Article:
The ranks of Bangkok cat cafés and their habitués were deeply shaken last year to learn that there was a new cat café that featured not only cats but fennec foxes and also raccoons. We had not managed to go until today, mostly because this new cat café was not actually in Bangkok, it’s in Pak Kret. Pak Kret is Thailand’s third largest city; you’ve never heard of it, nor, probably, of Nonthaburi, Thailand’s second largest city, because they are effectively indistinguishable from Bangkok’s urban sprawl. Nonthaburi is home to Thailand’s most delicious durian which maybe I have spoken of here; it is also accessible by the express boat, if you manage to get the right express boat. Pak Kret is a little more complicated. You can theoretically get a taxi to take you there, but who knows what will happen. So I was steeling myself for the complicated set of interactions necessary to explain that we really wanted to go to a random part of Pak Kret.
But! It turns out that Little Zoo Café has one of the most functional websites to be found in all of Thailand, and a van reservation system, so I reserved two tickets on the van and Harriet and I went up to dysfunctional mess/waterpark that is the Bangkok Children’s Museum until it was time for the van to take us to the raccoon-filled wonderland that we supposed Little Zoo Café to be. The van was supposed to be outside a particular exit of the BTS station at 12:45; we dutifully arrived at 12:45 and looked for a van and did not manage to find one. Possibly the van was tremendously late? It’s Bangkok traffic, it’s hard to say, and also that particular stop was full of everyone in the world because they all go up to Chatuchak for the weekend. Maybe it was wrong to hope that a van would show up and take us to a place full of raccoons.
Eventually we decided to cut our losses and prepared to explain what we were trying to do to a taxi driver; somehow the first one I approached seemed more than happy to drive us the forty-five minutes to Pak Kret, and, astonishingly, was able to read maps. And so we arrived, much later than we had intended, at a little strip mall in Pak Kret that has the Little Zoo Café.
First up: there were no raccoons. Not even one. It’s true there was a drawing of one. The staff did not speak a great deal of English, so I felt embarrassed about asking if the raccoons had all gone crazy and escaped and the rabies situation in Pak Kret was presently getting out of hand, which is about what I would expect out of a raccoon café. Feral dogs and cats, it has been noted, do extremely well in Bangkok—it is basically impossible to have a 7/11 here without a fat homeless dog sleeping in front of the door and it concerns me a little that the Chatrium’s 7/11 has no such dog—though I expect a raccoon population would soon put them all out of work. There were no signs of struggle.
Here’s what they did have:
- A cage with two chinchillas (?) in it; small children were opening the door of the cage and petting the animals, who seemed nonplussed.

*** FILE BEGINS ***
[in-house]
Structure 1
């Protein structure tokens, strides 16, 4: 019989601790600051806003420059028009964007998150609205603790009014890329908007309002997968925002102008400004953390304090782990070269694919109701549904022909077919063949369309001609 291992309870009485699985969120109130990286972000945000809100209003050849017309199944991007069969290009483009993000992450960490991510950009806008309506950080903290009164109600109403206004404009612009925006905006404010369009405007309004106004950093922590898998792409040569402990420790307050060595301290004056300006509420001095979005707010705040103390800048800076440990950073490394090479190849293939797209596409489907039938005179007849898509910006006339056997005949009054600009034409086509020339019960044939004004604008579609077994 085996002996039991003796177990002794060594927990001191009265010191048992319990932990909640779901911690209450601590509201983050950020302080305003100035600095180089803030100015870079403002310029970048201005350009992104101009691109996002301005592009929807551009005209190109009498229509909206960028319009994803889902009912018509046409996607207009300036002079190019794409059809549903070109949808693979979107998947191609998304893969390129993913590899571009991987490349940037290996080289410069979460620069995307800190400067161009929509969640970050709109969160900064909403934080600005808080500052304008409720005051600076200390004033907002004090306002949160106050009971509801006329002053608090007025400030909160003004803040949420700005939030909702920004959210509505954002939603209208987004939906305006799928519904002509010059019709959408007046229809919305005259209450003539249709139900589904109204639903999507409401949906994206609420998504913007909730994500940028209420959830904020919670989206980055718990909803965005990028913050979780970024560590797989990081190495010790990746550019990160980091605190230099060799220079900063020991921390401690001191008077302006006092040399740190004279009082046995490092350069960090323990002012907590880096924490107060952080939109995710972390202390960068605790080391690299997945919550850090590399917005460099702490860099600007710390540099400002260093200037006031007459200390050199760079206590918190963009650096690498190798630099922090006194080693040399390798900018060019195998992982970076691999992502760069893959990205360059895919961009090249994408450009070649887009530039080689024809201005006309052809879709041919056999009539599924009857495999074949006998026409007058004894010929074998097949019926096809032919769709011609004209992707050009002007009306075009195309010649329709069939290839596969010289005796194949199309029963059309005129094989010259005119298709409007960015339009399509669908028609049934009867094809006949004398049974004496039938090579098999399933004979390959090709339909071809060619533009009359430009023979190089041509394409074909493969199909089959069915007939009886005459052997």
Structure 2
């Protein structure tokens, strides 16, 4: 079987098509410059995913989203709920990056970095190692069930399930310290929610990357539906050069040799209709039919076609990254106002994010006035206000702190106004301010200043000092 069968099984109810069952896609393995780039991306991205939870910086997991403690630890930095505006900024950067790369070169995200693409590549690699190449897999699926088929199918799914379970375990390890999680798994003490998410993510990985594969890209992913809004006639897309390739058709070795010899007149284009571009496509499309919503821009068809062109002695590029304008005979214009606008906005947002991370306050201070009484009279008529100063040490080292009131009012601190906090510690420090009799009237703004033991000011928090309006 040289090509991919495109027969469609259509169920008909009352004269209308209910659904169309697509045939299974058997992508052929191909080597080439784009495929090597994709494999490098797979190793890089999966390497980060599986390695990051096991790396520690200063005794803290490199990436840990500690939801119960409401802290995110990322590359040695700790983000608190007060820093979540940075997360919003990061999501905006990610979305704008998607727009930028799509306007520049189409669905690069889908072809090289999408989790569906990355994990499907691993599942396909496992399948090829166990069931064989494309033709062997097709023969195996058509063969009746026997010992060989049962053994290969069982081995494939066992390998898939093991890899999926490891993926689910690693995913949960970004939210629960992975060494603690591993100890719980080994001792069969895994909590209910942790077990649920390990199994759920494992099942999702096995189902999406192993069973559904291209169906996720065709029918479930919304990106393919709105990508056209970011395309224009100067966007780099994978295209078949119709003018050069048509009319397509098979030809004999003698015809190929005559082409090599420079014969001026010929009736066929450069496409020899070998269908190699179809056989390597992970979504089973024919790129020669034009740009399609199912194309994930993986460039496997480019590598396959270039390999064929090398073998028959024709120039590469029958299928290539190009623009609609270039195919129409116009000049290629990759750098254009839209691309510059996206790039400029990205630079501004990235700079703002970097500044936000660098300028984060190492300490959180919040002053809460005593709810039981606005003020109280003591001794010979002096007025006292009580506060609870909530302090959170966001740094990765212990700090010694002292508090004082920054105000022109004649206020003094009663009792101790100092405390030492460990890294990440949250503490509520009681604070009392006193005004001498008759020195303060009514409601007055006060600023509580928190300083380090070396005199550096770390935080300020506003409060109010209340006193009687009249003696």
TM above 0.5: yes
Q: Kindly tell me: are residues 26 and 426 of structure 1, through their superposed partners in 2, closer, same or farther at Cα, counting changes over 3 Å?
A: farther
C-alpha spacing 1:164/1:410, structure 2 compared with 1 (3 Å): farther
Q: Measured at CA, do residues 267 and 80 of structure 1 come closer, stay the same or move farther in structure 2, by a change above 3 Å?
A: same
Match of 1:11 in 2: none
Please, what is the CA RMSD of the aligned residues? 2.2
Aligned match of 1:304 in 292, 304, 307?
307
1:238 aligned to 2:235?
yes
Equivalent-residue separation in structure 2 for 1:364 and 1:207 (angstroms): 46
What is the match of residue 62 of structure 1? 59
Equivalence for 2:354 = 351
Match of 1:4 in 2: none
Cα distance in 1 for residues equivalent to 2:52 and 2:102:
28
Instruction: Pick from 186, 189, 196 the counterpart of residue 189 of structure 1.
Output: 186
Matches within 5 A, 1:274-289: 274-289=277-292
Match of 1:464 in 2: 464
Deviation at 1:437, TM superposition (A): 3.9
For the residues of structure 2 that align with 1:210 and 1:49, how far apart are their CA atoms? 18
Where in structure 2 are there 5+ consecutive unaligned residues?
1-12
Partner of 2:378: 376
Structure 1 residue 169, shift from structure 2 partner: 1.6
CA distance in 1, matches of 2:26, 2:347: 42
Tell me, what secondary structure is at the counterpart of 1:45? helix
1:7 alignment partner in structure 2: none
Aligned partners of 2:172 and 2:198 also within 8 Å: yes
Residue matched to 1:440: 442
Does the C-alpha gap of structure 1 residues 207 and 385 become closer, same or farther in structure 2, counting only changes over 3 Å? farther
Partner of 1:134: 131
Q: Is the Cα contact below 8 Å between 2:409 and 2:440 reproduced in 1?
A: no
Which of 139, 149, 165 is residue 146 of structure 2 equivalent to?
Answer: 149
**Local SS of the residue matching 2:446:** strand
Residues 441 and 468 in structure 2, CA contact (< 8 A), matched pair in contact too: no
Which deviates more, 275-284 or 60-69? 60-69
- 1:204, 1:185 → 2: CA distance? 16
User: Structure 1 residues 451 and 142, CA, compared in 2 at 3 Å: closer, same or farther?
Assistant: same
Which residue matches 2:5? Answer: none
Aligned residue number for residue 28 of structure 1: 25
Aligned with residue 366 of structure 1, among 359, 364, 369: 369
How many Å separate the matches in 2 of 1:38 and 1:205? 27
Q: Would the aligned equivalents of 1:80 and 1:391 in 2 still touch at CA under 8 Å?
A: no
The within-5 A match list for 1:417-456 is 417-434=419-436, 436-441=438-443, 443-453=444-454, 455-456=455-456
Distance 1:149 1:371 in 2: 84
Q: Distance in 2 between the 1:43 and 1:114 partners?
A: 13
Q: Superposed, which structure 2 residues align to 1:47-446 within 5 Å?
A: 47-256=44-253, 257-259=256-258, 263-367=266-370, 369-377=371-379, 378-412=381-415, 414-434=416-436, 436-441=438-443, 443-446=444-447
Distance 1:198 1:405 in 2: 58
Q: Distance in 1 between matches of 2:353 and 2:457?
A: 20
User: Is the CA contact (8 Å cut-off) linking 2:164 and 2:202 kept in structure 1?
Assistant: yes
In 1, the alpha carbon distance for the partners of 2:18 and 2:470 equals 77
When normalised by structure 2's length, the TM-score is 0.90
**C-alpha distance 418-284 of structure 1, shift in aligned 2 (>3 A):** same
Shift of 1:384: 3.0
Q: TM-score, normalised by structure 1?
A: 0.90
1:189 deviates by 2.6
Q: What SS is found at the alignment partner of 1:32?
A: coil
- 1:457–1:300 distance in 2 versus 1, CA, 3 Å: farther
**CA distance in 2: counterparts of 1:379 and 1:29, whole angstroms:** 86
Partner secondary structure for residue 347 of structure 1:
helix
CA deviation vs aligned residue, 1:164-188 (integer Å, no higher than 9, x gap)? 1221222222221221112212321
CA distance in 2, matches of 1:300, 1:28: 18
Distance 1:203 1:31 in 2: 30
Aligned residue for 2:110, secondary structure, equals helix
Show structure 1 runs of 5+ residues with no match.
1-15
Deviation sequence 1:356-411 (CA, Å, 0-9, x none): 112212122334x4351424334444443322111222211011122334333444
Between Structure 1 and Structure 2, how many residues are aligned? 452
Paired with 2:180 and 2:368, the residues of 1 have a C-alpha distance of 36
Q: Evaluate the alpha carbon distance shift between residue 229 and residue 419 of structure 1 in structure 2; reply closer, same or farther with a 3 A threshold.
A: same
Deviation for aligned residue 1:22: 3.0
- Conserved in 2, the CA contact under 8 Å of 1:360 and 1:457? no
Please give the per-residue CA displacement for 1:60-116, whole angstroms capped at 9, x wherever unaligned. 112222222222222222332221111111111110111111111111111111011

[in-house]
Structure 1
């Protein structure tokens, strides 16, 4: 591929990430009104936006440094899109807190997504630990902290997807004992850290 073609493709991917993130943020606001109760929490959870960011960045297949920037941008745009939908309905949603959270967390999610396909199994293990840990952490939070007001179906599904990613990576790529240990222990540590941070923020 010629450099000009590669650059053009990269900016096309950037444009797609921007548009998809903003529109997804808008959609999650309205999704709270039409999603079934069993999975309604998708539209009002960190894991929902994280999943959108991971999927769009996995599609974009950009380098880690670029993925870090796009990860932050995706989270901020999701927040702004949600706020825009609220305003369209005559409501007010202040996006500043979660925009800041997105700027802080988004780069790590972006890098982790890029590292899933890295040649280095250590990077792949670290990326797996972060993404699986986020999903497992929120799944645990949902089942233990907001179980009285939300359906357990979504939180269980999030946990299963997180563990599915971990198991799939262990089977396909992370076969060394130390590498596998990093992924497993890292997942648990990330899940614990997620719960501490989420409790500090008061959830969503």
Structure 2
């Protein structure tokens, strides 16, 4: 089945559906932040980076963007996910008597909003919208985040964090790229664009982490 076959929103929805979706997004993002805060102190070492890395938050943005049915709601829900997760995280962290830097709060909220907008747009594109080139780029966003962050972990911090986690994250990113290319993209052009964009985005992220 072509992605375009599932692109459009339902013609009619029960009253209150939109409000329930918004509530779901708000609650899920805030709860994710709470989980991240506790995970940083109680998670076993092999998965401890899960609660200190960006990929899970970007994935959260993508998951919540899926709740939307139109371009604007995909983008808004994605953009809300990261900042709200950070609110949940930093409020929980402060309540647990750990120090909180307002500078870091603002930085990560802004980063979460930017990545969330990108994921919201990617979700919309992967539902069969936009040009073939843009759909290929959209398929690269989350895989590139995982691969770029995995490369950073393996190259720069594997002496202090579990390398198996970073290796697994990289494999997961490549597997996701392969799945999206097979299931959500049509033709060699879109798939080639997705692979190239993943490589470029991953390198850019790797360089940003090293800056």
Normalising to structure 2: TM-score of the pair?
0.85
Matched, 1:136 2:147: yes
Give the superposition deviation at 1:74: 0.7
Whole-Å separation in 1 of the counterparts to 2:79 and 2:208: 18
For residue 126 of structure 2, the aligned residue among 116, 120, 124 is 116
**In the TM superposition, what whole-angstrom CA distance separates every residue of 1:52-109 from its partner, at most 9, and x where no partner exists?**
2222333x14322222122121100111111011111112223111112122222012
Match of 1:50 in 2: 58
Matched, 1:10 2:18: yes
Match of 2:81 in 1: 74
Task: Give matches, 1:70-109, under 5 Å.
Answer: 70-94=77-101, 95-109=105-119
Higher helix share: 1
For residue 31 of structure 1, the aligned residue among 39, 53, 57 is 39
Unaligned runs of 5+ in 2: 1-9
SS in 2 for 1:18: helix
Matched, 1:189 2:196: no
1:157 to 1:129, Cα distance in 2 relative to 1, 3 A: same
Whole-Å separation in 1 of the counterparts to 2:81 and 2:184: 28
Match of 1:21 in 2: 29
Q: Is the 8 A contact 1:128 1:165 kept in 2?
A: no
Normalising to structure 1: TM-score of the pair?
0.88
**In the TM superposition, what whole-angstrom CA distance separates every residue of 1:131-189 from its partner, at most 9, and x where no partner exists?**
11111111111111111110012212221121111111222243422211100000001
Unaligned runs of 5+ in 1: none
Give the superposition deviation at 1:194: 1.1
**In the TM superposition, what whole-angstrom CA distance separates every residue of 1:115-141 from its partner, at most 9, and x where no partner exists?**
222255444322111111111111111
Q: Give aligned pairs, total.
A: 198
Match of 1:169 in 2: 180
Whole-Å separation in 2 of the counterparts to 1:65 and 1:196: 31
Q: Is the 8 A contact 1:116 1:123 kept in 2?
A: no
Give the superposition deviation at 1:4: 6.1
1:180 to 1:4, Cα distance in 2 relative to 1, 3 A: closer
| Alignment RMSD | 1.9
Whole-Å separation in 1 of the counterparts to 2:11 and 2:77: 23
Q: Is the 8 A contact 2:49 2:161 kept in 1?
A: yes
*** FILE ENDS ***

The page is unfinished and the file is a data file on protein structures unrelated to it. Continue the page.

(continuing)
- Two gerbils, very much asleep
- Two cockatoos, loose, chewing on things
- Something in an aquarium that looked like a naked mole rat, though it didn’t have any visible incisors, and might just have been a capybara with severe alopecia—no one was allowed to pet this, though whether this was from fear of disease or ferocity was unclear to me:
- A rolled-up sleeping beast, relatively soft, that later turned out to be a meerkat:
- A couple of cats, for good measure.
The real stars of Little Zoo come in too varieties: fennec foxes and owls. Everybody wants to play with the owls and the foxes, and the owls and the foxes don’t particularly want to play with anyone. They have two of each, and all four of them seemed a little fed up with the situation, though nobody was getting bit, and that’s something. Here’s Harriet with the big owl:
This owl did not actually like having his picture taken:
That one is of course a snowy owl. How a snowy owl arrived in Bangkok is too horrible to imagine. The other owl they had is much smaller:
I believe this one is a southern white-faced owl, which comes from southern Africa. This one they let sit on people. It seemed reasonably happy with its lot in life, unlike the snowy owl, who seemed actively embarrassed that things had come to this.
They keep the fennec foxes with the meerkat in a special enclosure where people can only come in a few at a time, to avoid scaring them. There are two fennec foxes and they live on top of a house in the window of a shop in a suburb of Bangkok, like many others:
They are not the tamest animals in the world, but they will sometimes consent to let you pet them:
(N.b., this scene is not taking place in a sauna despite the way the wood and Harriet’s hair looks.) They will also sit in your lap for a little bit:
Or even longer:
After we had bothered the animals for a while, we left. I don’t know. I was a little miffed at them for the failure of their van to arrive (we got another taxi to take us back, because our food had barely arrived when it was time for our scheduled van to leave), but mostly I was upset that they didn’t have raccoons. Raccoons are something special. Little Zoo Café seemed basically like if you went to the part of Chatuchak where they sell exotic pets and you also got someone to bring you rather overpriced food. I was a little disappointed, though it is nice to pet an owl.